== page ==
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What would be a good thesis to analyze gender roles in the play Trifles by Susan Glaspell?
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- From this thesis, the writer might cover the clues that demonstrate that Minnie had suffered at the hand of her husband. Since there are few clues given to any physical abuse, the emotional abuse would have to be closely examined.
- How she had changed would also be an aspect to provide the basis for the murder of her husband. Her clothes, her singing, her spirit---all of these had changed since her marriage.
- Another facet of this thesis might look at the idea of whether emotional abuse justifies murder. Had Minnie been temporarily insane due to the actions of her husband?
- The women look around and see the fruit spoiled which meant that Minnie took time to preserve food for the future.
- Everything the Wrights had was old and used including Minnie's clothes which were extremely shabby. This was probably why she had no outside communication.
- Furthermore, the women see the quilt and know that this was Minnie's pastime. She was a careful seamstress until the last few stitches, which was probably when John went after her bird.
- The Wrights had no children, but Minnie loved singing. The bird would have been company to her. Much of the information requires conjecture, which is often how crimes are solved.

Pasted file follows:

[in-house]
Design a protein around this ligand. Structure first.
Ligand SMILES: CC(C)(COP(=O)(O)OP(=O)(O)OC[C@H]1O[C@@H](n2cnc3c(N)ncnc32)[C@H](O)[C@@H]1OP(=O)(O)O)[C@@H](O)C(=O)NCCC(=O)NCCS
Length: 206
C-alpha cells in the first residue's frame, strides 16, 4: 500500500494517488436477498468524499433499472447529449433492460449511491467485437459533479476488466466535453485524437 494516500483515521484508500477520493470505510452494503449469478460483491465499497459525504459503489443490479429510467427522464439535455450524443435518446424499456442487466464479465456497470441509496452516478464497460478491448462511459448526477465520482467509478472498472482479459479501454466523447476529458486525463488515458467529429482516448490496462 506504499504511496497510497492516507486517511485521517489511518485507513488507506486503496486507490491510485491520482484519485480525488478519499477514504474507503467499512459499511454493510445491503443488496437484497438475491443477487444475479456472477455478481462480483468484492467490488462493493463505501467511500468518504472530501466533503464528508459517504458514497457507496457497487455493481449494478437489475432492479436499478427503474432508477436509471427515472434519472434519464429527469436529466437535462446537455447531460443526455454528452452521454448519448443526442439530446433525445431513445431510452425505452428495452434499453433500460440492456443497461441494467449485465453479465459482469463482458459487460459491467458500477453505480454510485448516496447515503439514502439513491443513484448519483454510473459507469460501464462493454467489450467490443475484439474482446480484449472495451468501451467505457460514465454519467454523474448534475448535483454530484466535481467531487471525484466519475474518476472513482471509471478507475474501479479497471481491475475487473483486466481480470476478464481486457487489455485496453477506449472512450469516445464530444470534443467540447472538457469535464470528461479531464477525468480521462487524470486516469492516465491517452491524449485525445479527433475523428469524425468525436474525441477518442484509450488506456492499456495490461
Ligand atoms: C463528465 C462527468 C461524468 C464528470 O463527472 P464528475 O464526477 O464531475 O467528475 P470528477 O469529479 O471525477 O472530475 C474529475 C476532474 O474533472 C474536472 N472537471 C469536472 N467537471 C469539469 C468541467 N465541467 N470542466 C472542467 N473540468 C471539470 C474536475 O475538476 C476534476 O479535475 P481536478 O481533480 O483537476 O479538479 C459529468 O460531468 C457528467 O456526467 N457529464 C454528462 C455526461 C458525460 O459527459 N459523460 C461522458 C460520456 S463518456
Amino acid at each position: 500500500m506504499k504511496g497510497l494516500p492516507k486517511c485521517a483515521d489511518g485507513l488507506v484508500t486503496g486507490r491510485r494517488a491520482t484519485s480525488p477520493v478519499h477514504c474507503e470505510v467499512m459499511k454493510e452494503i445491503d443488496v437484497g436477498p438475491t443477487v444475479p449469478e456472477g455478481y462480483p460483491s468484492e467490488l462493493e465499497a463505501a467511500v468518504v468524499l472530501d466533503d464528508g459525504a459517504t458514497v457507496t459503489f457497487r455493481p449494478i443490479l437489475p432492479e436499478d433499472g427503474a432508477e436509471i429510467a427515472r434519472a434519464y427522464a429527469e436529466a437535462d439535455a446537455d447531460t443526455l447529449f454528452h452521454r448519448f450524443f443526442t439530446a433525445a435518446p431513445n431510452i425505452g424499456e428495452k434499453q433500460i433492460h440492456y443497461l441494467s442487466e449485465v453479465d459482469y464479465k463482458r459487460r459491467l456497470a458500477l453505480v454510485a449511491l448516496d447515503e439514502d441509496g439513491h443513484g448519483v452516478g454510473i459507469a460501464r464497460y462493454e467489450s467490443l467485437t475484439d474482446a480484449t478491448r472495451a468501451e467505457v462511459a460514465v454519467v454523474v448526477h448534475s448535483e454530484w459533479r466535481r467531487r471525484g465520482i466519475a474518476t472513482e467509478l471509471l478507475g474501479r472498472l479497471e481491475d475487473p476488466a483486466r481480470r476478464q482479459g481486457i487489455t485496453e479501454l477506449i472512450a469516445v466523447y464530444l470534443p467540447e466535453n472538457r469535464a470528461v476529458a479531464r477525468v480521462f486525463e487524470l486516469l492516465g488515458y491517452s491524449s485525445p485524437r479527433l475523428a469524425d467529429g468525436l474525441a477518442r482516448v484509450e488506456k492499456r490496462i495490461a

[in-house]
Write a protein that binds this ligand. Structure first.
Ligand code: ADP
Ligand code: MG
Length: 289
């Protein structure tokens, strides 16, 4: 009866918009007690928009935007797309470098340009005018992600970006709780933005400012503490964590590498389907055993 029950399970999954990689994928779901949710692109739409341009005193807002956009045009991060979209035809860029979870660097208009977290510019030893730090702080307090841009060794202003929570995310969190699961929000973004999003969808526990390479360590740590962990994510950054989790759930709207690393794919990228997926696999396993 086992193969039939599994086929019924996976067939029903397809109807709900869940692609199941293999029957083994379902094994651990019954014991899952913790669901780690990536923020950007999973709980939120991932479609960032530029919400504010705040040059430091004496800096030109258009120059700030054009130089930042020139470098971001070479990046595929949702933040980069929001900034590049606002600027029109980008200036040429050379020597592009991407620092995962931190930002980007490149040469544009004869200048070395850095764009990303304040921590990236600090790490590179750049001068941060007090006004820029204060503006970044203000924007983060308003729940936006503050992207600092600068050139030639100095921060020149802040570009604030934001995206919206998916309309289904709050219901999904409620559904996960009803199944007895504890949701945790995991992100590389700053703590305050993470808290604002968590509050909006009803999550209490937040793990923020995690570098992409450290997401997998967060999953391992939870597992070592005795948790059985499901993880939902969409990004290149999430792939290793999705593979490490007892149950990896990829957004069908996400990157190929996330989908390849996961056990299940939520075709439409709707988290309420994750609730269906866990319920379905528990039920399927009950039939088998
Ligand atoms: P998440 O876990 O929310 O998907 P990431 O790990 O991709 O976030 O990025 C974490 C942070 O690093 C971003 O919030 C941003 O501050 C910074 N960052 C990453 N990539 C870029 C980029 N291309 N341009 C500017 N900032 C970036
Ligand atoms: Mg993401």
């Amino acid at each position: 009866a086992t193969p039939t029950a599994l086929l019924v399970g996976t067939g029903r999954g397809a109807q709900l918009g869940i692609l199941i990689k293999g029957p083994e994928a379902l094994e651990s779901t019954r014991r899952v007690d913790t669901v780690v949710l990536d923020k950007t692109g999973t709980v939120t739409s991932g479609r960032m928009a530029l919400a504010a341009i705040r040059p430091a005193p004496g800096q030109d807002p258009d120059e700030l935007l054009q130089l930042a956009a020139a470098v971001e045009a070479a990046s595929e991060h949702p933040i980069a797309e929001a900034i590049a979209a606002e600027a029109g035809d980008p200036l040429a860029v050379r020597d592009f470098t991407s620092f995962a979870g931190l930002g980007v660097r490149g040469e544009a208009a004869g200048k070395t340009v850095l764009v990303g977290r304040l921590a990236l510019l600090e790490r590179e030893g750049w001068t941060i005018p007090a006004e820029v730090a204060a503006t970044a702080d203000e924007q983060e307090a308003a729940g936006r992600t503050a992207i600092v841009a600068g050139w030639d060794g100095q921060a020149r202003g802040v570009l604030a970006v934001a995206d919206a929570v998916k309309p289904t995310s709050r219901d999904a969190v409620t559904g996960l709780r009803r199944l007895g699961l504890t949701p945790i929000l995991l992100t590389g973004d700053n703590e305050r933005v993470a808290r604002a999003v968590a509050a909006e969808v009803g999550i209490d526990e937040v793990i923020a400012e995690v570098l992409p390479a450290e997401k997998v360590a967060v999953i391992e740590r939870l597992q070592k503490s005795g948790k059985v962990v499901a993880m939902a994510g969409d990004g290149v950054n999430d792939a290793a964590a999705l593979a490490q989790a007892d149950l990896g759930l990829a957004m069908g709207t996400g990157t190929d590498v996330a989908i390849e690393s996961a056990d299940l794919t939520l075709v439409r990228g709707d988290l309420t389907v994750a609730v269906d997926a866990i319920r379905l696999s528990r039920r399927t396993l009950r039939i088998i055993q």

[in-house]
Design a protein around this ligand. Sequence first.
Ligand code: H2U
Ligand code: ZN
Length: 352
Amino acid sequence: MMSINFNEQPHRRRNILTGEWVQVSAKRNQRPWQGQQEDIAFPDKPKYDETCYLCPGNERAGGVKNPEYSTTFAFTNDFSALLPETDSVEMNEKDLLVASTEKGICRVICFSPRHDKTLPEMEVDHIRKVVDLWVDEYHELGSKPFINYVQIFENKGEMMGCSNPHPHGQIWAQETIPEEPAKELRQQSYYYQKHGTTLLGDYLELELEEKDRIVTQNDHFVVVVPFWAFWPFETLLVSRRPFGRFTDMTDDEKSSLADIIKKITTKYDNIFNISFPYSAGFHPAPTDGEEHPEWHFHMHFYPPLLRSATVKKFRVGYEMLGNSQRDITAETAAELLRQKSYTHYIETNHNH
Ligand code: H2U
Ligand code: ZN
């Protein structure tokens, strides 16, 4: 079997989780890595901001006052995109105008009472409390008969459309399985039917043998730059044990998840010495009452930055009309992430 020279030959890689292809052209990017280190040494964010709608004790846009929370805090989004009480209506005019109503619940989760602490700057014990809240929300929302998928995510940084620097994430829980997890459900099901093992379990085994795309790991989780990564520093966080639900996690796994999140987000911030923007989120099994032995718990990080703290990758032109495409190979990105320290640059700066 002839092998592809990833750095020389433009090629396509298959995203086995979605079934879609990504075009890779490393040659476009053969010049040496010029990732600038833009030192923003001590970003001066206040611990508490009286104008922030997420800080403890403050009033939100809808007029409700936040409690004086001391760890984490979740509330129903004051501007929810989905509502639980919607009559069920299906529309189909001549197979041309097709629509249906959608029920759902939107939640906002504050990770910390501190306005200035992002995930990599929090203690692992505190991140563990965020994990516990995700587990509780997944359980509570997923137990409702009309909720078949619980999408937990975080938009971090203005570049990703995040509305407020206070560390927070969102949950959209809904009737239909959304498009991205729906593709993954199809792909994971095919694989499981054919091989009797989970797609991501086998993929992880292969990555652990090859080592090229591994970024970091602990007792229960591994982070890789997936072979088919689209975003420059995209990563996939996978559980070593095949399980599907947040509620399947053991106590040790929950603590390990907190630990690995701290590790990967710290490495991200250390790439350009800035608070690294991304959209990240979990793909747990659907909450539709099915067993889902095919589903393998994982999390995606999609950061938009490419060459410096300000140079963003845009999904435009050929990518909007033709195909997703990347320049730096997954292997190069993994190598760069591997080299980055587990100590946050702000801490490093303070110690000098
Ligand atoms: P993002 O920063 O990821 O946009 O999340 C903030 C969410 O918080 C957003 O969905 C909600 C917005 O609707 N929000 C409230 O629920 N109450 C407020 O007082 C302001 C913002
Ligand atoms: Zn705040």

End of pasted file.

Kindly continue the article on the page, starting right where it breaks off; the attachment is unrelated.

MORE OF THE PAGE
Trifles by Susan Glaspell was based on an actual event that she wrote about as a reporter. The focus of the play is the chauvinistic views of the men toward the women. In fact, the title of the play emphasizes the view that the men believe that women only concern themselves with unimportant aspects of life: cleaning, cooking, taking care of the the family. Of course, these are hardly trifles.
While the men are standing around talking, the women discover that Minnie Wright was not a lousy housekeeper as implied by the attorney. She was under duress probably while her husband killed the one thing that she loved in the world: her canary.
Other trifles come to light which help to solve the mystery of the strange death of John Wright. The bird cage door ripped off its hinges, the quilt with the skewed stitches; the dead bird with its neck wrung---all of these trifles serve to explain why this quiet, meek woman would dare to do something so dastardly as kill her husband.
The focus of the play is to compare the women and their astute considerations of the accused to the men's lack of observation of the telling signs around them---the rude comments which ironically imply that women do not have the ability to solve anything like the murder of an abusive husband.
There are several arguments that a writer might pursue:
Minnie Wright like her bird was a caged prisoner.
She ---come to think of it, she was kind of like a bird herself--real sweet and pretty, but kind of timid and fluttery. How did she change----Tell you what, Mrs. Peters, why don't you take the quilt in with you?It might take her mind off things.
Another thesis that might work for a short essay might show the difference between men's and women's perceptions of difficult situations. Women may look more closely at the trivialities which are the clues that often solve problems. The men are interested in the rope.
Of course, the bird and the box; the bird cage itself---all lead to the motive for the murder. All of these trifles help to solve the murder for which the women find her not guilty.
These are the ideas that would serve as interesting topics for a short essay.
Posted by carol-davis on March 28, 2013 at 1:20 AM (Answer #1)
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